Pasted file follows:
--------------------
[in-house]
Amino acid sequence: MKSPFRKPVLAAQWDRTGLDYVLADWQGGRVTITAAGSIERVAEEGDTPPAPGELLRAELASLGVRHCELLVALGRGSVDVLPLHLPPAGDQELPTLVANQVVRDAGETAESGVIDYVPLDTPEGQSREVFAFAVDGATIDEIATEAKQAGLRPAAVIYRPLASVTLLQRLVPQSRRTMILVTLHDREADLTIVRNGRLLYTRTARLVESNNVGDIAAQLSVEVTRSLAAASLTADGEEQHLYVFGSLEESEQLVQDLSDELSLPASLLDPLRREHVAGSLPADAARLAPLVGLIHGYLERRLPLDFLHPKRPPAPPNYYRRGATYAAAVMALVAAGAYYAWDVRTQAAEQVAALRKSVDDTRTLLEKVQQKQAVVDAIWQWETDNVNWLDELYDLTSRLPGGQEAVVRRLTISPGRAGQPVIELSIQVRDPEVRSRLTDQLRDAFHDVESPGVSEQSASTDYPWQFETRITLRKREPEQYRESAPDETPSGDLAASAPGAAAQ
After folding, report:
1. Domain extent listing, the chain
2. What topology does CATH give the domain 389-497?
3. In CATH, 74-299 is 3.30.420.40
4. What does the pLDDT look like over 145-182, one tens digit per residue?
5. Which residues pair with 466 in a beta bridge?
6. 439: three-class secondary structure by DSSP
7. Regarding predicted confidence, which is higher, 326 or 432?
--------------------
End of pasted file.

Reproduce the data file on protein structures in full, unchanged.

[in-house]
Amino acid sequence: MKSPFRKPVLAAQWDRTGLDYVLADWQGGRVTITAAGSIERVAEEGDTPPAPGELLRAELASLGVRHCELLVALGRGSVDVLPLHLPPAGDQELPTLVANQVVRDAGETAESGVIDYVPLDTPEGQSREVFAFAVDGATIDEIATEAKQAGLRPAAVIYRPLASVTLLQRLVPQSRRTMILVTLHDREADLTIVRNGRLLYTRTARLVESNNVGDIAAQLSVEVTRSLAAASLTADGEEQHLYVFGSLEESEQLVQDLSDELSLPASLLDPLRREHVAGSLPADAARLAPLVGLIHGYLERRLPLDFLHPKRPPAPPNYYRRGATYAAAVMALVAAGAYYAWDVRTQAAEQVAALRKSVDDTRTLLEKVQQKQAVVDAIWQWETDNVNWLDELYDLTSRLPGGQEAVVRRLTISPGRAGQPVIELSIQVRDPEVRSRLTDQLRDAFHDVESPGVSEQSASTDYPWQFETRITLRKREPEQYRESAPDETPSGDLAASAPGAAAQ
After folding, report:
1. Domain extent listing, the chain
2. What topology does CATH give the domain 389-497?
3. In CATH, 74-299 is 3.30.420.40
4. What does the pLDDT look like over 145-182, one tens digit per residue?
5. Which residues pair with 466 in a beta bridge?
6. 439: three-class secondary structure by DSSP
7. Regarding predicted confidence, which is higher, 326 or 432?